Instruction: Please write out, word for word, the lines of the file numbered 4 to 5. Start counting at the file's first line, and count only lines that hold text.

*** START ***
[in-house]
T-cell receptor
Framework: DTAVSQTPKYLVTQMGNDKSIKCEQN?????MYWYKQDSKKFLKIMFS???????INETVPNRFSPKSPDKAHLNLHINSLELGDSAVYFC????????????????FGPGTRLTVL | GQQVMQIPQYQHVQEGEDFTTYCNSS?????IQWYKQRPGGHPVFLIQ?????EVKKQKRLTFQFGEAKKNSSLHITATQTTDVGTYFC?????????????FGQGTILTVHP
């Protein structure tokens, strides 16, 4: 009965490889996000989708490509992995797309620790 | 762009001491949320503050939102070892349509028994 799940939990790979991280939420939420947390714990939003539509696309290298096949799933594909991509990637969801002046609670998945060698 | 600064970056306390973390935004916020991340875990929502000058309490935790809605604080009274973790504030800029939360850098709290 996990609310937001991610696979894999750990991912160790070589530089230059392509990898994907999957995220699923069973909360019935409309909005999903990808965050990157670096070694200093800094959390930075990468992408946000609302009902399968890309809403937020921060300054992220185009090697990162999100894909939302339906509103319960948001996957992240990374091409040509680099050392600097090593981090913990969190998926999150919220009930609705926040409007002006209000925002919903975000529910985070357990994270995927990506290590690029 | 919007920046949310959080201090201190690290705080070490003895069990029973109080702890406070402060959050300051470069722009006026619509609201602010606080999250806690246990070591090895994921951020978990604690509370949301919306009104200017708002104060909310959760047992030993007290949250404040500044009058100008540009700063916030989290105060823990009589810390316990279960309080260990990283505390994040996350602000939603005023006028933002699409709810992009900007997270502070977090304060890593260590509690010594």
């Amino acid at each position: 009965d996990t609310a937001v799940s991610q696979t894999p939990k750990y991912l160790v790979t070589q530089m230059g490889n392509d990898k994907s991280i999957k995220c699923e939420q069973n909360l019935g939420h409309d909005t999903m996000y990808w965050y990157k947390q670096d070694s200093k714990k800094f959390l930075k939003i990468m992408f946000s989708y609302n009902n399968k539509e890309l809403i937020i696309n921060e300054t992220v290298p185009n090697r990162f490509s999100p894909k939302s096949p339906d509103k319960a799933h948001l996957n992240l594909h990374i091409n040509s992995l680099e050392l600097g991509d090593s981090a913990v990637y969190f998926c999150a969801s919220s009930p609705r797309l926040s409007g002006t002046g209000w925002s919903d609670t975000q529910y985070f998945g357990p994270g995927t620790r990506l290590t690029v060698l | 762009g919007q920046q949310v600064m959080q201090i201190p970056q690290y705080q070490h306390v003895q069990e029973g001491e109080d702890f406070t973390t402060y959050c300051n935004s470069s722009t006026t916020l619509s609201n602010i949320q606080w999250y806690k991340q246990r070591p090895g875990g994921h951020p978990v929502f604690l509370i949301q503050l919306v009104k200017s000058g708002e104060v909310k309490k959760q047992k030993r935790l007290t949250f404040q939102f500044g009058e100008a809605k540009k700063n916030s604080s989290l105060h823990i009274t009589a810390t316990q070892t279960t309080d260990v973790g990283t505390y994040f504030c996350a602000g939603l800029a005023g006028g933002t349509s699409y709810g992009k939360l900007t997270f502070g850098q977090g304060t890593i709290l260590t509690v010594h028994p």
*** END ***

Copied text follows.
């Protein structure tokens, strides 16, 4: 009965490889996000989708490509992995797309620790 | 762009001491949320503050939102070892349509028994 799940939990790979991280939420939420947390714990939003539509696309290298096949799933594909991509990637969801002046609670998945060698 | 600064970056306390973390935004916020991340875990929502000058309490935790809605604080009274973790504030800029939360850098709290 996990609310937001991610696979894999750990991912160790070589530089230059392509990898994907999957995220699923069973909360019935409309909005999903990808965050990157670096070694200093800094959390930075990468992408946000609302009902399968890309809403937020921060300054992220185009090697990162999100894909939302339906509103319960948001996957992240990374091409040509680099050392600097090593981090913990969190998926999150919220009930609705926040409007002006209000925002919903975000529910985070357990994270995927990506290590690029 | 919007920046949310959080201090201190690290705080070490003895069990029973109080702890406070402060959050300051470069722009006026619509609201602010606080999250806690246990070591090895994921951020978990604690509370949301919306009104200017708002104060909310959760047992030993007290949250404040500044009058100008540009700063916030989290105060823990009589810390316990279960309080260990990283505390994040996350602000939603005023006028933002699409709810992009900007997270502070977090304060890593260590509690010594």
């Amino acid at each position: 009965d996990t609310a937001v799940s991610q696979t894999p939990k750990y991912l160790v790979t070589q530089m230059g490889n392509d990898k994907s991280i999957k995220c699923e939420q069973n909360l019935g939420h409309d909005t999903m996000y990808w965050y990157k947390q670096d070694s200093k714990k800094f959390l930075k939003i990468m992408f946000s989708y609302n009902n399968k539509e890309l809403i937020i696309n921060e300054t992220v290298p185009n090697r990162f490509s999100p894909k939302s096949p339906d509103k319960a799933h948001l996957n992240l594909h990374i091409n040509s992995l680099e050392l600097g991509d090593s981090a913990v990637y969190f998926c999150a969801s919220s009930p609705r797309l926040s409007g002006t002046g209000w925002s919903d609670t975000q529910y985070f998945g357990p994270g995927t620790r990506l290590t690029v060698l | 762009g919007q920046q949310v600064m959080q201090i201190p970056q690290y705080q070490h306390v003895q069990e029973g001491e109080d702890f406070t973390t402060y959050c300051n935004s470069s722009t006026t916020l619509s609201n602010i949320q606080w999250y806690k991340q246990r070591p090895g875990g994921h951020p978990v929502f604690l509370i949301q503050l919306v009104k200017s000058g708002e104060v909310k309490k959760q047992k030993r935790l007290t949250f404040q939102f500044g009058e100008a809605k540009k700063n916030s604080s989290l105060h823990i009274t009589a810390t316990q070892t279960t309080d260990v973790g990283t505390y994040f504030c996350a602000g939603l800029a005023g006028g933002t349509s699409y709810g992009k939360l900007t997270f502070g850098q977090g304060t890593i709290l260590t509690v010594h028994p």